NEW YORK CITY — In April, the Lightbox club in Chelsea was full of hundreds of moving and sweaty bodies packed onto the dance floor.
Audio stimulation had neared capacity as a DJ pumped out beats amplified by a live three-piece brass band and a kilt-clad guy on bagpipes.
Floating octopus puppets glowed with their own strobe lights. Moving images were projected to all walls.
It seemed to make no difference that this was 8 a.m. On a Wednesday. Before work. With no alcohol.
The event, or the morning festival as creators Matthew Brimer and Radha Agrawal label it, is DAYBREAKER, a morning dance party that has been running about once a month since last December.
Brimer, who is a co-founder of tech-education company General Assembly, and Agrawal, a social entrepreneur in kids nutrition, say DAYBREAKER is part of a movement to reclaim the early mornings. They plan to duplicate it across the country and overseas.
"It's an energetic morning experience where you don't have any of the vices," said Brimer, 27, of the festival, where only water, coffee and juice is served. "You're sober. There is no alcohol, so it's actually healthy for you."
The event has been held at numerous venues around the city. It generally runs from 7-9 a.m. and tickets cost $25. Last Saturday, DAYBREAKER also kicked off a brunch version of the event that started a 10 a.m.
DAYBREAKER brings in a range of arts, from live music to spoken-word performances and artists who paint while the event is in progress.
Aviva Mohilner, who knows Brimer and Agrawal through her works in brand development, said she first cringed at the thought of a morning dance party. Now she has attended three DAYBREAKER festivals.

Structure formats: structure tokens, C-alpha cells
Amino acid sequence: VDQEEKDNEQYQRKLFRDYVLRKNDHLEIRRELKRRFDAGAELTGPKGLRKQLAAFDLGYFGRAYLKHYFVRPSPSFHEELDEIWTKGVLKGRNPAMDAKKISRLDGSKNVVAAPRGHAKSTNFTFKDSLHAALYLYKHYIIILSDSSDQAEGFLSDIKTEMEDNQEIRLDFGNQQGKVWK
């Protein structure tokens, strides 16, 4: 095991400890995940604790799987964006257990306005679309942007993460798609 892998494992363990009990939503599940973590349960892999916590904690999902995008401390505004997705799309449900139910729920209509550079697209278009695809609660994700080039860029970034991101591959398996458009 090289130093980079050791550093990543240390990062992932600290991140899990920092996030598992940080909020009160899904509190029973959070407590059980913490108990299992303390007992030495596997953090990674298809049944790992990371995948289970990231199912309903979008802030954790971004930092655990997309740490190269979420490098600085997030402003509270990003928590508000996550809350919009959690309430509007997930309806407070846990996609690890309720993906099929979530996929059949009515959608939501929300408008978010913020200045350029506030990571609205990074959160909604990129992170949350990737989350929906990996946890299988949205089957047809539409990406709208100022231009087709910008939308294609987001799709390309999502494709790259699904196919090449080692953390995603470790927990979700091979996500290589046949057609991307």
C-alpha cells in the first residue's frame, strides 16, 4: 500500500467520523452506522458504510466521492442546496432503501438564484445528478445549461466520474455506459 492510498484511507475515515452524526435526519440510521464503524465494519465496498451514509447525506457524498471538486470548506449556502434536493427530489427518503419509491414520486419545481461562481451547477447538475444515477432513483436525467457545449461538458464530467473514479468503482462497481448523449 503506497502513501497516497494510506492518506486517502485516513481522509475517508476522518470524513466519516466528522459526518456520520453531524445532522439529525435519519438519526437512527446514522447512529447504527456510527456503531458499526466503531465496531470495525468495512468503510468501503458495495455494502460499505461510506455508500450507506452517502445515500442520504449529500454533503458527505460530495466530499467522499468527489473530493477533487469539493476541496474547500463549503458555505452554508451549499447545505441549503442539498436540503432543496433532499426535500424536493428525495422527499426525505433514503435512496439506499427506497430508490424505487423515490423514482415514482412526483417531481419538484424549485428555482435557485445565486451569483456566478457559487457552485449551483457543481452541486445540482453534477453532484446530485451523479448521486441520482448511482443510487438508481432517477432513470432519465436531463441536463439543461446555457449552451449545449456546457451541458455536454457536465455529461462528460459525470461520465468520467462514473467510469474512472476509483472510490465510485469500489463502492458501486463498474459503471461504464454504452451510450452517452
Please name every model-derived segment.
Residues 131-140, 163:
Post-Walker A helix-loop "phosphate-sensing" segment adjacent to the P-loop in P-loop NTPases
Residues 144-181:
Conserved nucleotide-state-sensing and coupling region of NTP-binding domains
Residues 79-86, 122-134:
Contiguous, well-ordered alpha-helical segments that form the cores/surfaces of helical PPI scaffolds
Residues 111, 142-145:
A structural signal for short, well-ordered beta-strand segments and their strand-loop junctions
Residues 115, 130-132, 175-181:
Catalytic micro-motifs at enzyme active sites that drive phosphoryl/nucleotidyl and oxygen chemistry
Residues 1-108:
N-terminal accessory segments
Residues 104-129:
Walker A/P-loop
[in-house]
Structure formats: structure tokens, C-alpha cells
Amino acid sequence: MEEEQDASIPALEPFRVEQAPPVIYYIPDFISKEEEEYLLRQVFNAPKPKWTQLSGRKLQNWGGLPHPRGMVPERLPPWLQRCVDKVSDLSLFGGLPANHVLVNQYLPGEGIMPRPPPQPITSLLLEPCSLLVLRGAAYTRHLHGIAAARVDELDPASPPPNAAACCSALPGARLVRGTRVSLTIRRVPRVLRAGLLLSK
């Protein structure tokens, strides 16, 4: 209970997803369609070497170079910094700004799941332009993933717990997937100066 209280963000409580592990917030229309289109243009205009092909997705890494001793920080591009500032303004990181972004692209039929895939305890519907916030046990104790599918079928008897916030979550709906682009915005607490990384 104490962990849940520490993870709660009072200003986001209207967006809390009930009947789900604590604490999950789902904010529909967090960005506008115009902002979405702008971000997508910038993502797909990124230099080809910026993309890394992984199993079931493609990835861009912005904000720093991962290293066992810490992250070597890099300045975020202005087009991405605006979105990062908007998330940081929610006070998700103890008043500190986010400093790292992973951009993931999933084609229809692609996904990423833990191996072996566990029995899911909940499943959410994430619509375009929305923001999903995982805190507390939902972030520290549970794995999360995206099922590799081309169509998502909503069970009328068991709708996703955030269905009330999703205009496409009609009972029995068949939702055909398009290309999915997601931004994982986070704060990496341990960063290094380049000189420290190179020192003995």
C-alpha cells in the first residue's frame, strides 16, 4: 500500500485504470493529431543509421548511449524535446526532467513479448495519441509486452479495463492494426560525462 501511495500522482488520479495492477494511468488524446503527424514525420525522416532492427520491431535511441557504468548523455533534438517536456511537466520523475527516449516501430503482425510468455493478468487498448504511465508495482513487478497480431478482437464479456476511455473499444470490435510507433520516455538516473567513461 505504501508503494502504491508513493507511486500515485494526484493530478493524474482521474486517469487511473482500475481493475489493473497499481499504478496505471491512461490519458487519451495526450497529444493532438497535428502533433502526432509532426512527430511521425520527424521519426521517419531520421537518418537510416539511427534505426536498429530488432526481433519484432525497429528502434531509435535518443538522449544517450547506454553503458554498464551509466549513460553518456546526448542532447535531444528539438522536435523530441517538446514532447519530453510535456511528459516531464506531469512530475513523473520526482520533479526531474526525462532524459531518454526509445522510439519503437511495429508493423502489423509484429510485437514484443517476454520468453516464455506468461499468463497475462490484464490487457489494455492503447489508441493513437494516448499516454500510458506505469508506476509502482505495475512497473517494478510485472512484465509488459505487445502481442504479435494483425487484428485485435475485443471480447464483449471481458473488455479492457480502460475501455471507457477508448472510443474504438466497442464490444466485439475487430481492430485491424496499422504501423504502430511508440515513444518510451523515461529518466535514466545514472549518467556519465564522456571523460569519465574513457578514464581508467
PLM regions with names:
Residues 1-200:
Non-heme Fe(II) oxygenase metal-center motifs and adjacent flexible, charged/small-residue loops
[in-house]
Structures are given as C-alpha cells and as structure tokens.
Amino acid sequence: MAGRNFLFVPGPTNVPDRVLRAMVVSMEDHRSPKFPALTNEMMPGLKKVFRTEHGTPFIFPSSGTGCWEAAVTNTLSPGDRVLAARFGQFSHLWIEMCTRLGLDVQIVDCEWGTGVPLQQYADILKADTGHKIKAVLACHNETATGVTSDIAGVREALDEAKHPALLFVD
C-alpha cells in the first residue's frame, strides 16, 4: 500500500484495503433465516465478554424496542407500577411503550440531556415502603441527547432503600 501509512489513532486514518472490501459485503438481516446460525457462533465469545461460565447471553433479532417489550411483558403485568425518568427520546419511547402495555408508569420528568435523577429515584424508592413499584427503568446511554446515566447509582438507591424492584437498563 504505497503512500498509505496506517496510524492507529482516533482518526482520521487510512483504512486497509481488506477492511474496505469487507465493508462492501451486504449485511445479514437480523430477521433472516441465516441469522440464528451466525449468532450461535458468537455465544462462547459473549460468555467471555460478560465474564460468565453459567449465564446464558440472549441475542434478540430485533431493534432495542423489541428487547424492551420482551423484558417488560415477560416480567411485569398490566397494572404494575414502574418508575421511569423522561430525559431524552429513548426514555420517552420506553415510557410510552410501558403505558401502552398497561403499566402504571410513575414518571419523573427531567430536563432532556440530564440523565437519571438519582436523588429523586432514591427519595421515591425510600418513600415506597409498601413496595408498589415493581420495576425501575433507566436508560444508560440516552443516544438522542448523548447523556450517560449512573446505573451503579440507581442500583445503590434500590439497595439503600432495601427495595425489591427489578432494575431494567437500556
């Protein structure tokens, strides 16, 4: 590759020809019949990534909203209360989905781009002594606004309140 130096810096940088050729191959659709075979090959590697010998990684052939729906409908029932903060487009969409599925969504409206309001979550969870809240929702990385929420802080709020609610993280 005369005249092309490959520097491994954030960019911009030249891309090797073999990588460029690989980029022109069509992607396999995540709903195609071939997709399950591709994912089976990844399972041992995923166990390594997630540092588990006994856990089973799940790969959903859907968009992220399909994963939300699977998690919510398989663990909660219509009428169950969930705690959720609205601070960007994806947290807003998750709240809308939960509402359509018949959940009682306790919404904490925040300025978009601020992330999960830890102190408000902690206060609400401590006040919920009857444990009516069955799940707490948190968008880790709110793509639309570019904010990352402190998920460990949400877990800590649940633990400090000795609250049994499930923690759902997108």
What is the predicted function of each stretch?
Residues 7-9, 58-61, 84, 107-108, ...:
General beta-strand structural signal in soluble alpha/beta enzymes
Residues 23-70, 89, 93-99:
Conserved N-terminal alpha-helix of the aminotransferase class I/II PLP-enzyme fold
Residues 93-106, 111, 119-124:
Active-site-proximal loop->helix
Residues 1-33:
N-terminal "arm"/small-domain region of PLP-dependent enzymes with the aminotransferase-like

"It really goes back to it being a unique, fun and positive way to start an otherwise random work day," Mohilner said.
She said the lack of alcohol meant something different to the usual nighttime club experience.
"It's like if you ever have a favorite place you can go out to and not get hassled, it's like that,” said Mohilner, who splits her time between L.A. and New York.
With a genesis that traces back to a 2 a.m. conversation over falafel last fall, DAYBREAKER first targeted the social entrepreneur community like those in tech, education or creative startups, according to Brimer and Agrawal.
Up until its latest event on Tuesday, ticket purchases were restricted to those who had been given a password and the only way to get a password was through someone else in the DAYBREAKER community. Those in the know were also asked not to "post the ticket link publicly."
"We wanted to know it was rooted in our community who would best carry a morning dance party," said Agrawal. "Now we have a community that is strong enough."
The long-planned decision to open up the DAYBREAKER community also coincided with another morning rave on the scene, a coincidence according to Brimer and Agrawal. The London-based Morning Gloryville held its first New York City event last week to much fanfare.
"It's interesting that this idea is captivating to people," said Brimer. "They started completely independent of us on two different continents."
It wasn't until DAYBREAKER held its first festival in December that Morning Gloryville was brought to their attention, said Brimer and Agrawal.
Morning Gloryville organizers did not respond to a request for comment.
As to whether or not morning raves, dance parties and festivals are a passing gimmick, Agrawal said 60 percent of the 1,500 DAYBREAKER tickets sold are return customers.
And like Morning Gloryville, DAYBREAKER is on schedule for rapid expansion this year with cities such as San Francisco and Tel Aviv in Israel on the horizon.
"I think in this case it's a rising tide that will lift all boats," Brimer said.
The next Daybreaker event is scheduled for the first week in June.